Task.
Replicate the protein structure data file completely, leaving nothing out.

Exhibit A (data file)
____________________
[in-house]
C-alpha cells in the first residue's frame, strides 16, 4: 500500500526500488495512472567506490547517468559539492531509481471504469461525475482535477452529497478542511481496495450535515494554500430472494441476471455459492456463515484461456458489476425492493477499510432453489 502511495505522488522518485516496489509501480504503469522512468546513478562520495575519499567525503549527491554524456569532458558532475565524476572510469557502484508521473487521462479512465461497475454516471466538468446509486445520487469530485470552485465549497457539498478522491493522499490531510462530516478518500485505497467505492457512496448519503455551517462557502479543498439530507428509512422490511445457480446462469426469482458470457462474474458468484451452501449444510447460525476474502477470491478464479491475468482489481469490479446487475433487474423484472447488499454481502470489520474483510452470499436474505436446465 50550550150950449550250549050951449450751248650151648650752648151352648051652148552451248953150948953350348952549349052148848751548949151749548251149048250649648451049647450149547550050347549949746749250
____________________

[in-house]
C-alpha cells in the first residue's frame, strides 16, 4: 500500500526500488495512472567506490547517468559539492531509481471504469461525475482535477452529497478542511481496495450535515494554500430472494441476471455459492456463515484461456458489476425492493477499510432453489 502511495505522488522518485516496489509501480504503469522512468546513478562520495575519499567525503549527491554524456569532458558532475565524476572510469557502484508521473487521462479512465461497475454516471466538468446509486445520487469530485470552485465549497457539498478522491493522499490531510462530516478518500485505497467505492457512496448519503455551517462557502479543498439530507428509512422490511445457480446462469426469482458470457462474474458468484451452501449444510447460525476474502477470491478464479491475468482489481469490479446487475433487474423484472447488499454481502470489520474483510452470499436474505436446465 50550550150950449550250549050951449450751248650151648650752648151352648051652148552451248953150948953350348952549349052148848751548949151749548251149048250649648451049647450149547550050347549949746749250